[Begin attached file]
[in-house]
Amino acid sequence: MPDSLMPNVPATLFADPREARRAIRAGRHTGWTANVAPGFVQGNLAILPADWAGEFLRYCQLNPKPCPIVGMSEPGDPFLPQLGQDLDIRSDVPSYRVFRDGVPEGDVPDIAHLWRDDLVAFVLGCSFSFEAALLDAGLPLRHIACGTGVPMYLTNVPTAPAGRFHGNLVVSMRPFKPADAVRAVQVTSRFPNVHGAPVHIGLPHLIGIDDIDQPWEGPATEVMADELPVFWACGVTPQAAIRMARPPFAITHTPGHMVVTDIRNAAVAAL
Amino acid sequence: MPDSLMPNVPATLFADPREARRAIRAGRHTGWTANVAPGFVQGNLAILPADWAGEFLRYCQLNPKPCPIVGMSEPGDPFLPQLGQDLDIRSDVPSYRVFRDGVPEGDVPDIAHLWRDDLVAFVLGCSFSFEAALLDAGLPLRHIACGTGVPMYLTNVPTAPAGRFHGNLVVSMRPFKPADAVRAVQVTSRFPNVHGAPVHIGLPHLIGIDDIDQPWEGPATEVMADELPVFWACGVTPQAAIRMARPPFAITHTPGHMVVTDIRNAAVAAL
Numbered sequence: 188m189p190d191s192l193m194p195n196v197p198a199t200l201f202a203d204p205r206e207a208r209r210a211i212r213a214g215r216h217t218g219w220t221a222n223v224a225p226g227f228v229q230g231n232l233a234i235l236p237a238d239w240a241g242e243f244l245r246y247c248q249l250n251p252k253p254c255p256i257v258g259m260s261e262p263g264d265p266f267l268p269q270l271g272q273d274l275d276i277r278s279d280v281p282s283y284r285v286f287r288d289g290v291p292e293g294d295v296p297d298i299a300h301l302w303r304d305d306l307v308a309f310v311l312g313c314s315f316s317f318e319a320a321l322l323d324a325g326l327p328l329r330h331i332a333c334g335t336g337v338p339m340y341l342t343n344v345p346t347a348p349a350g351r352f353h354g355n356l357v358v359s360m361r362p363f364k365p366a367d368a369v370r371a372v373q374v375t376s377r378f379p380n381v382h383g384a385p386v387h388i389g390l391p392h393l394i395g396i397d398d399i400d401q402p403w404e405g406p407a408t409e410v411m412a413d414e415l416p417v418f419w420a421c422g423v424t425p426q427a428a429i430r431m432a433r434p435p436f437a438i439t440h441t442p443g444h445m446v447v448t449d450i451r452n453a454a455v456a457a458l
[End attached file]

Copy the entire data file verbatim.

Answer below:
[in-house]
Amino acid sequence: MPDSLMPNVPATLFADPREARRAIRAGRHTGWTANVAPGFVQGNLAILPADWAGEFLRYCQLNPKPCPIVGMSEPGDPFLPQLGQDLDIRSDVPSYRVFRDGVPEGDVPDIAHLWRDDLVAFVLGCSFSFEAALLDAGLPLRHIACGTGVPMYLTNVPTAPAGRFHGNLVVSMRPFKPADAVRAVQVTSRFPNVHGAPVHIGLPHLIGIDDIDQPWEGPATEVMADELPVFWACGVTPQAAIRMARPPFAITHTPGHMVVTDIRNAAVAAL
Amino acid sequence: MPDSLMPNVPATLFADPREARRAIRAGRHTGWTANVAPGFVQGNLAILPADWAGEFLRYCQLNPKPCPIVGMSEPGDPFLPQLGQDLDIRSDVPSYRVFRDGVPEGDVPDIAHLWRDDLVAFVLGCSFSFEAALLDAGLPLRHIACGTGVPMYLTNVPTAPAGRFHGNLVVSMRPFKPADAVRAVQVTSRFPNVHGAPVHIGLPHLIGIDDIDQPWEGPATEVMADELPVFWACGVTPQAAIRMARPPFAITHTPGHMVVTDIRNAAVAAL
Numbered sequence: 188m189p190d191s192l193m194p195n196v197p198a199t200l201f202a203d204p205r206e207a208r209r210a211i212r213a214g215r216h217t218g219w220t221a222n223v224a225p226g227f228v229q230g231n232l233a234i235l236p237a238d239w240a241g242e243f244l245r246y247c248q249l250n251p252k253p254c255p256i257v258g259m260s261e262p263g264d265p266f267l268p269q270l271g272q273d274l275d276i277r278s279d280v281p282s283y284r285v286f287r288d289g290v291p292e293g294d295v296p297d298i299a300h301l302w303r304d305d306l307v308a309f310v311l312g313c314s315f316s317f318e319a320a321l322l323d324a325g326l327p328l329r330h331i332a333c334g335t336g337v338p339m340y341l342t343n344v345p346t347a348p349a350g351r352f353h354g355n356l357v358v359s360m361r362p363f364k365p366a367d368a369v370r371a372v373q374v375t376s377r378f379p380n381v382h383g384a385p386v387h388i389g390l391p392h393l394i395g396i397d398d399i400d401q402p403w404e405g406p407a408t409e410v411m412a413d414e415l416p417v418f419w420a421c422g423v424t425p426q427a428a429i430r431m432a433r434p435p436f437a438i439t440h441t442p443g444h445m446v447v448t449d450i451r452n453a454a455v456a457a458l